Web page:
In Slic3r, you load the object.stl and set zero top layers, zero bottom layers and zero perimeters. Next you load the other STL’s. These are the modifiers, they change the settings/content of the ‘object’ anywhere you want. I learned this method from publications of Steve Wood at 3ders.org. He explains ‘modifying meshes’ perfectly in a four-part series. If you wanna know more, follow this link.

Today’s experiment resulted in four very un3Dprinted products. With some fantasy, these coasters look like they are made of some kind of fabric. ‘Modifying meshes’ rules!

Coaster © opqrstu 2017

Printed on 3D4makers PET-G. Five layers, layer hight 0.30 mm

print time

One of the major problems in 3D printing is the amount of time it takes to print perfect things: higher print speeds cause unwanted irregularities. So, when opqrstu3D designs things, I always try the keep them as small as possible. Sometimes this is not an option. Six months ago, I designed and printed GGJK, a wonderful light. A very small LED driver from China allowed me to design a minimal basecamp for this light. This way opqrstu3D reduced print time substantially. But an unforeseen problem arrived on the scene; the basecamp was too small to guarantee stability. GGJK could stand up, but that was it. To build a really functional GGJK, it’s basecamp needed some adaptation. Opqrstu3D talked with Gerard, 12VoltLightDesign, Schoone about this problem and he advised to design a slanting base: the base of the basecamp is big, but it gets smaller layer by layer. I tried and printed a new and very steep basecamp. Without support! Printing this thing plus lid took almost 7 hours at perimeter print speed: 20 mm/sec, layer height 0.3 mm. I am not happy with the increase in print time, but very happy with the new design, because on this basecamp GGJK gained the highly required stability.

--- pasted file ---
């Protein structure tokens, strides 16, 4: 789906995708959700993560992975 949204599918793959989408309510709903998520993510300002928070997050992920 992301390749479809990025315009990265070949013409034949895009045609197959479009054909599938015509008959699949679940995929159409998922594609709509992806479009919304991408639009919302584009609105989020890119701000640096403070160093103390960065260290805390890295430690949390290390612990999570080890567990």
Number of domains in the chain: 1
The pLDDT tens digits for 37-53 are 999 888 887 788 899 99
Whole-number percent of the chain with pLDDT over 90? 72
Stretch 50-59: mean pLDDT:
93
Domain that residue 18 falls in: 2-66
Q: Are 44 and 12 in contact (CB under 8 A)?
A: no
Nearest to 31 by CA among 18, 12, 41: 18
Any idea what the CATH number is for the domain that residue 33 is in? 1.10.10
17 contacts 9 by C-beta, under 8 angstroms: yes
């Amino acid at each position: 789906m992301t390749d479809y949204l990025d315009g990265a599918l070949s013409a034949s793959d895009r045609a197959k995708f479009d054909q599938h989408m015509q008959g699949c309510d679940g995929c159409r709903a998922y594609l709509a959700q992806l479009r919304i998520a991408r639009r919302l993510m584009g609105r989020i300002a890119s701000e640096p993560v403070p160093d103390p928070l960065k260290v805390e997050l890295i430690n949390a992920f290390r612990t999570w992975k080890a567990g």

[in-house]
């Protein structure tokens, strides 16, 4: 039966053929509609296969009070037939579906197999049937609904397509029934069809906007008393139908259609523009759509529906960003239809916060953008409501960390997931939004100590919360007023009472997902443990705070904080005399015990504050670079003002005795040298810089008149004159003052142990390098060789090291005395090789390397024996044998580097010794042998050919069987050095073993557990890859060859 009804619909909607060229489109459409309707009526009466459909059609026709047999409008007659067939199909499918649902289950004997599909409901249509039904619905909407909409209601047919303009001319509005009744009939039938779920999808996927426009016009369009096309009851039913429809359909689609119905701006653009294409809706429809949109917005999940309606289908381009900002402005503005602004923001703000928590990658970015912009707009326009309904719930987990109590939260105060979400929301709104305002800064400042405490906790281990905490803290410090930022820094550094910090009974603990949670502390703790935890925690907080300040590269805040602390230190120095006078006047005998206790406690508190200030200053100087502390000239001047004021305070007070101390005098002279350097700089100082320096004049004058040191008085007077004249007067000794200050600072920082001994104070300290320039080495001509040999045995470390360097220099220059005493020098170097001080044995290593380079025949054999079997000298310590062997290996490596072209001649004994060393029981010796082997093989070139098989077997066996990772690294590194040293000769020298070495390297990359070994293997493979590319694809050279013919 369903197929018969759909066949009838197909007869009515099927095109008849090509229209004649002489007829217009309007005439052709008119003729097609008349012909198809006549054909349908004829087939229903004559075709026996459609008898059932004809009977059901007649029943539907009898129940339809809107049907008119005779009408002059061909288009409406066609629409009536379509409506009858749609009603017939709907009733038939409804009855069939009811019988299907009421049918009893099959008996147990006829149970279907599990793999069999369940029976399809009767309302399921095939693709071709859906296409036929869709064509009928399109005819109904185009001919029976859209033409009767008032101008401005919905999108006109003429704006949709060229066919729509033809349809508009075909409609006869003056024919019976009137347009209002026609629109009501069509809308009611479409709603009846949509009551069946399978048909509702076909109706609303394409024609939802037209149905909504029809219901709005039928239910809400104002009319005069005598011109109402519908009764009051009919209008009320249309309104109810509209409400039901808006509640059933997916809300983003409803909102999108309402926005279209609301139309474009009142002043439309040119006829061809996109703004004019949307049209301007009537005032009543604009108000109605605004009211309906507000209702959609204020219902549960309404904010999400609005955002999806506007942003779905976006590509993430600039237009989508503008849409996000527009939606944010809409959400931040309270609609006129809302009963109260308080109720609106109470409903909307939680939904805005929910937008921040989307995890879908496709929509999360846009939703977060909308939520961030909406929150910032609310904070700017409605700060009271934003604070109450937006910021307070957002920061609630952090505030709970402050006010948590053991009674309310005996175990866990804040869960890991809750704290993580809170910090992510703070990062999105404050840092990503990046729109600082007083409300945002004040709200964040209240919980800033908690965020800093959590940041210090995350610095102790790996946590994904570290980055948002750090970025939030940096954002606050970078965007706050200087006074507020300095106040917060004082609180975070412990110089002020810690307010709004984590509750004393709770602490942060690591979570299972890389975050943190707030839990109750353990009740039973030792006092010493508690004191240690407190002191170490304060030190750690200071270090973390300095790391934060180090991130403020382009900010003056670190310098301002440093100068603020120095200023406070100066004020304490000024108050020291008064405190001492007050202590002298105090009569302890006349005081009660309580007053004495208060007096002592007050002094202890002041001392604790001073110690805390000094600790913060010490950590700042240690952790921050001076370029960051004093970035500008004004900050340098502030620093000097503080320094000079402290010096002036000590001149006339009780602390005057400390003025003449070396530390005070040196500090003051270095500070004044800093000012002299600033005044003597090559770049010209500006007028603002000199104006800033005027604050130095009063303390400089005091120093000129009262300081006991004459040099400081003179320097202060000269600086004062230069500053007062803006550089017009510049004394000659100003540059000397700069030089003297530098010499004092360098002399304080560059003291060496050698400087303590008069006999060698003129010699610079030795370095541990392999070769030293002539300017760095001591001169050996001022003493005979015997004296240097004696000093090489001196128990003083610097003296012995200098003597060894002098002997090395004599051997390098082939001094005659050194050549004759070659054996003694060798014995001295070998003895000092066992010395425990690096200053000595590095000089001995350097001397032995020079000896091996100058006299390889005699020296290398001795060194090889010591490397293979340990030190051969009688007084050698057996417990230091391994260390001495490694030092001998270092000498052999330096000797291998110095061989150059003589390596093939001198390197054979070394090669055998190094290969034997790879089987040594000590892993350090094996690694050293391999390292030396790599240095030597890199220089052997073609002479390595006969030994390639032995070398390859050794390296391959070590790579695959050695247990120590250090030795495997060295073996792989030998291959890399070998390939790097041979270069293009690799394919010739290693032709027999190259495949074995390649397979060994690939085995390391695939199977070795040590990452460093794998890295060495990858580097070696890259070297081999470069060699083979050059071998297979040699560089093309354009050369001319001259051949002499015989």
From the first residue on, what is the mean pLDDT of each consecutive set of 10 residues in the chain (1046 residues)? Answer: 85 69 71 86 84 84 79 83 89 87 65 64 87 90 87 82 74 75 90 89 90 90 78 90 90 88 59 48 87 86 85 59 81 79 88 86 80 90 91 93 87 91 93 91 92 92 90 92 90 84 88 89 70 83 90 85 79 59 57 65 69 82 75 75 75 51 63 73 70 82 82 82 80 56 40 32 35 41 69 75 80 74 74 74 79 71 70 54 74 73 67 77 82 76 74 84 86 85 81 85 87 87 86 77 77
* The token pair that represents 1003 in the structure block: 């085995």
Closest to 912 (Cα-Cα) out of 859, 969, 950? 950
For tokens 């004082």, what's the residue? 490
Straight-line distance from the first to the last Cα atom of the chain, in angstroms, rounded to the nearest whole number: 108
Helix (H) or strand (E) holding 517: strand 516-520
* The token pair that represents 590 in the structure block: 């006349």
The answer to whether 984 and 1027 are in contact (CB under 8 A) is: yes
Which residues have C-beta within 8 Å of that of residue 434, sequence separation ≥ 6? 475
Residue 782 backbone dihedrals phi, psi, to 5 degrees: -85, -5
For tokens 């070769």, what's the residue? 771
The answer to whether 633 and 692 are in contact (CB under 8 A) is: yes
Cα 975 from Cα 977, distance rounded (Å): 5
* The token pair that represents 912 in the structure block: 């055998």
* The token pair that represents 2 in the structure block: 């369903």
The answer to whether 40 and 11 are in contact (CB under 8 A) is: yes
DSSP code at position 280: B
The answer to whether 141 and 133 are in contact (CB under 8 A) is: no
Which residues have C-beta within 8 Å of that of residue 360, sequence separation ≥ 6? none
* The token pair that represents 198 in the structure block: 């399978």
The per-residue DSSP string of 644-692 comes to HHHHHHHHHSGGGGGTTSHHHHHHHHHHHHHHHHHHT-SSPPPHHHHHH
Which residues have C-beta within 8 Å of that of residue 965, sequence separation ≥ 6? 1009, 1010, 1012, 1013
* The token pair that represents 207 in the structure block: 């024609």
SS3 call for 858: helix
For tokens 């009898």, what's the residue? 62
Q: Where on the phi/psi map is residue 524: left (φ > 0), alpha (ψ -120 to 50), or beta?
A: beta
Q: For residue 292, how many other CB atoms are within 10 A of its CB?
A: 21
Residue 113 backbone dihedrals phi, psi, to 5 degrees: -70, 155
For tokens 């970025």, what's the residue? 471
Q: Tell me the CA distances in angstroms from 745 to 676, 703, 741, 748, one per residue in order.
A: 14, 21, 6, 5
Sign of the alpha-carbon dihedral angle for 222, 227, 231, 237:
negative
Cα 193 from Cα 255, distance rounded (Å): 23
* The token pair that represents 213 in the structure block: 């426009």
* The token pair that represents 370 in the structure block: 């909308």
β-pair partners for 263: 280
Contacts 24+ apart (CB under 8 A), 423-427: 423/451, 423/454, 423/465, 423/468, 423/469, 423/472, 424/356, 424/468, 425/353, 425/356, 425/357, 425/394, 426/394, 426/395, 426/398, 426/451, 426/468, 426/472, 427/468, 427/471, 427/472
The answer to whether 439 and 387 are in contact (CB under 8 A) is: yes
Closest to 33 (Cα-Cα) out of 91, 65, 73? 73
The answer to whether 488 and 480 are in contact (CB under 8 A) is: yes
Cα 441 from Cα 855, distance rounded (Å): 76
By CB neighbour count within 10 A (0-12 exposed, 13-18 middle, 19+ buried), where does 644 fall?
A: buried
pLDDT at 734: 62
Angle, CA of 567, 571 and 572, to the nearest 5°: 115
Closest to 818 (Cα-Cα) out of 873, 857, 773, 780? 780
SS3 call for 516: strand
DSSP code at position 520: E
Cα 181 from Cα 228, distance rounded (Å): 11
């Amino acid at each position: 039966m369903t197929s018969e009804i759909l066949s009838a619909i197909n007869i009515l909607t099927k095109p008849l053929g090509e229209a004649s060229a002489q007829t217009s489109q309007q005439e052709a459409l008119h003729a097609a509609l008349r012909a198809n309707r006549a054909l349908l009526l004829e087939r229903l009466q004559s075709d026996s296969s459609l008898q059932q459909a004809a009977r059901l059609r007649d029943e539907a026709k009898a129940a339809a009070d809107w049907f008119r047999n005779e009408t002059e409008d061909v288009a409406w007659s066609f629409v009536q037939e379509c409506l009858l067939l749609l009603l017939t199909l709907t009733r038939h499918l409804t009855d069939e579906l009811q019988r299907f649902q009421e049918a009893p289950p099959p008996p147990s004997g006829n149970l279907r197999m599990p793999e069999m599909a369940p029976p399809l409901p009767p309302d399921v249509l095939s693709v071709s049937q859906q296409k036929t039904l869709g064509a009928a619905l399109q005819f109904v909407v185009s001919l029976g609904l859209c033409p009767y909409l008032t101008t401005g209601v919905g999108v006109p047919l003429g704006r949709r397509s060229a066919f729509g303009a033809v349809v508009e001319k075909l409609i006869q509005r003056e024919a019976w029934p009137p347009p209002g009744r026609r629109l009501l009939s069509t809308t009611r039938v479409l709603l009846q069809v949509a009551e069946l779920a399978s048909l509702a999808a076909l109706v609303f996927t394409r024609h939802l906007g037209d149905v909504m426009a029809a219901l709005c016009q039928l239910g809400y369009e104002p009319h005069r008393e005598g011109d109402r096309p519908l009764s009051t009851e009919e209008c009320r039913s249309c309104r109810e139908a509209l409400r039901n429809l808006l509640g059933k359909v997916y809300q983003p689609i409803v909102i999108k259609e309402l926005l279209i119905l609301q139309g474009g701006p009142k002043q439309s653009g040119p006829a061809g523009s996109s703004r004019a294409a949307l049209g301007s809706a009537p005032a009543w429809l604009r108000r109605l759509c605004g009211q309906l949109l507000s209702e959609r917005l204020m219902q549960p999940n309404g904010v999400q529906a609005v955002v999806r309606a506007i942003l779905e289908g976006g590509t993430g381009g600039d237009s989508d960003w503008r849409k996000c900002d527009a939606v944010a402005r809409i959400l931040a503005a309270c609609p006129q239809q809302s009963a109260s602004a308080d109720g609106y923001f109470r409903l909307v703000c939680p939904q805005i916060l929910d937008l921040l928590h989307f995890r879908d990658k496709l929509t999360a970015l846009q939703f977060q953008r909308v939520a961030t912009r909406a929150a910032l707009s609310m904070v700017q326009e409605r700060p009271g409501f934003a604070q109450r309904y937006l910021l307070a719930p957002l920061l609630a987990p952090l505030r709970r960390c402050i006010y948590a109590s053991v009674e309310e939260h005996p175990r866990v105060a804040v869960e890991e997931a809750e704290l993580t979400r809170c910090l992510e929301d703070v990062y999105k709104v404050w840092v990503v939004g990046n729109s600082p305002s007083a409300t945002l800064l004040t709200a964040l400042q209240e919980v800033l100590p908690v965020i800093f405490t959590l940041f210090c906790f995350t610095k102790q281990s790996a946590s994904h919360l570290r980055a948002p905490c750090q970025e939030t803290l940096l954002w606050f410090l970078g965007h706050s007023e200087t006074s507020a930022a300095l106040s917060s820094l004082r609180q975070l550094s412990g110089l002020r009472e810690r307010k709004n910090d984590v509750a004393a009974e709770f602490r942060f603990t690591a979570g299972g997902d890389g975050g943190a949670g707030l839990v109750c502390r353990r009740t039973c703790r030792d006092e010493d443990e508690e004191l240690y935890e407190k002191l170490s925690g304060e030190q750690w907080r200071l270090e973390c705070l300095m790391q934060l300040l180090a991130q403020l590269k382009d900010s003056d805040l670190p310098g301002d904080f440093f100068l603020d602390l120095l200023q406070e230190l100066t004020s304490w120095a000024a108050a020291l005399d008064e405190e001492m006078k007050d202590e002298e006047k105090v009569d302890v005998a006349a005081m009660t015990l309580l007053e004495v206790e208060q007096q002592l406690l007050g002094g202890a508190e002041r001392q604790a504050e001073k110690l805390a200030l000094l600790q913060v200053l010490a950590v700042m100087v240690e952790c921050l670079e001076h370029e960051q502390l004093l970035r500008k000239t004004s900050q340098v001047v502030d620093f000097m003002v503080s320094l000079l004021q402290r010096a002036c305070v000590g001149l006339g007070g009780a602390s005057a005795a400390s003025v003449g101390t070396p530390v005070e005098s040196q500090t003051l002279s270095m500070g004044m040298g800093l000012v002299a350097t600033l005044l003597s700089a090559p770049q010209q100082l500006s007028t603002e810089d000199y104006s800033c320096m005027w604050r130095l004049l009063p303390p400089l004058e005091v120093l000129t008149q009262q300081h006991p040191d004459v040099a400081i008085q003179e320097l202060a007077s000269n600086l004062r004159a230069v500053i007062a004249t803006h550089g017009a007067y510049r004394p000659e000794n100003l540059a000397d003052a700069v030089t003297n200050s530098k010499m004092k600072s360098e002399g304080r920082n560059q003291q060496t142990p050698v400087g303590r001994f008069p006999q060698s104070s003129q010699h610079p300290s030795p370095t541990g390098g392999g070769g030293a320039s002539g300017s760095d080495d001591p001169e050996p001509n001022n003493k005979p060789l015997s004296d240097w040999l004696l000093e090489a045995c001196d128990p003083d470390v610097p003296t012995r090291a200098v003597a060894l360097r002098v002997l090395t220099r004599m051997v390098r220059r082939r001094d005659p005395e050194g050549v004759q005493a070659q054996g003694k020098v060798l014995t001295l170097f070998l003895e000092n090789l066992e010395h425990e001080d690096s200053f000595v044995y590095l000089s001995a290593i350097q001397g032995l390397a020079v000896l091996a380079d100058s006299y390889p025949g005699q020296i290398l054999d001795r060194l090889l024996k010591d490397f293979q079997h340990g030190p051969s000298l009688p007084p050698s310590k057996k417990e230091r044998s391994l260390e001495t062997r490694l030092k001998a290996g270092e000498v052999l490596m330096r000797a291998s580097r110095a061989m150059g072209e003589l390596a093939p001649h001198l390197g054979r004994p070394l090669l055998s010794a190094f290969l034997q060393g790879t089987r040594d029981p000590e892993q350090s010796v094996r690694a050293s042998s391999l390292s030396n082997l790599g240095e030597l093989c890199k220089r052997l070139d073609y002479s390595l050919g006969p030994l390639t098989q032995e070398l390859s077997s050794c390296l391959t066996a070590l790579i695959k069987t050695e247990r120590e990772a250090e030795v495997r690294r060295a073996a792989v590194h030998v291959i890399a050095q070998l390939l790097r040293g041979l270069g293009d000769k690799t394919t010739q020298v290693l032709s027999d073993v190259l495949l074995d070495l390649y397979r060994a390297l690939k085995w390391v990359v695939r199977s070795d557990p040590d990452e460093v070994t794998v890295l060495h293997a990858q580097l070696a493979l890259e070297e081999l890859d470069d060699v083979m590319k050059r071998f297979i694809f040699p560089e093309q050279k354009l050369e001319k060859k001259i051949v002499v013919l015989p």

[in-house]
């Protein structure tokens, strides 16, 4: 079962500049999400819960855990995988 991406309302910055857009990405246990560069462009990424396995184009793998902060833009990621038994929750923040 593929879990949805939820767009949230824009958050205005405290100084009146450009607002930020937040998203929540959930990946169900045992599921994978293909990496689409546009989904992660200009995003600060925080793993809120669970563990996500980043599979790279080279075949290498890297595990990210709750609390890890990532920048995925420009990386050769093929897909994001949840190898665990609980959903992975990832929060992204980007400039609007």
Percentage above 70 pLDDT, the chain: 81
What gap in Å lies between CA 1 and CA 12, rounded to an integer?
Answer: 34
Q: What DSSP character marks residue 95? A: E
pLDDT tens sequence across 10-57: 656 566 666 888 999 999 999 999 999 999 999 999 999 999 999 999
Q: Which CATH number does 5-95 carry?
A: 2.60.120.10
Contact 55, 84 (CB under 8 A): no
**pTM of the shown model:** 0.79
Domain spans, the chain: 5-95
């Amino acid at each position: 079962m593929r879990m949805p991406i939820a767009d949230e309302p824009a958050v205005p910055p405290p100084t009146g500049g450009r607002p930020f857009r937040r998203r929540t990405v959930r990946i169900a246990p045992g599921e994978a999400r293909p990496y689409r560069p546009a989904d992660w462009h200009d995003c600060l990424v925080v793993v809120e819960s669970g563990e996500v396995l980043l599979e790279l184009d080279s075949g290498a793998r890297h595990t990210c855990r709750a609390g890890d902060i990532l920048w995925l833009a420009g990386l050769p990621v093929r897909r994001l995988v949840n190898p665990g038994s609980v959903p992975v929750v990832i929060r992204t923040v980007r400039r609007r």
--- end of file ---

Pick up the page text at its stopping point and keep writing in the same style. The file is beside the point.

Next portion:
GGJK © opqrstu 2016
GGJK © opqrstu 2016

FullMoon

Today, 12 volt LED bulb’s are getting better and cheaper, but they do not run on 220 Volt. You can buy all kinds of 220 volt LED’s, but these are quite expensive. Can 3D printing help us to connect 12 volt LED’s directly to 220 volt light systems? Some posts ago, I designed and printed JellyLight. It connects a 3 Watt, 12 volt LED to a regular 220 volt home system, but is not easy to assemble/use.

Now there’s FullMoon, a very simple three parts 3D printed light. FullMoon fits easy in almost any modern living. Opqrstu3D printed it on 3D4makers transparent PET-g and tested it in the opqrstu studio. This light is much easier to assemble and has an ‘infill only’ printed light head. The ‘infill only’ structures create an organic, silky or moony look.

FullMoon © opqrstu 2016
FullMoon © opqrstu 2016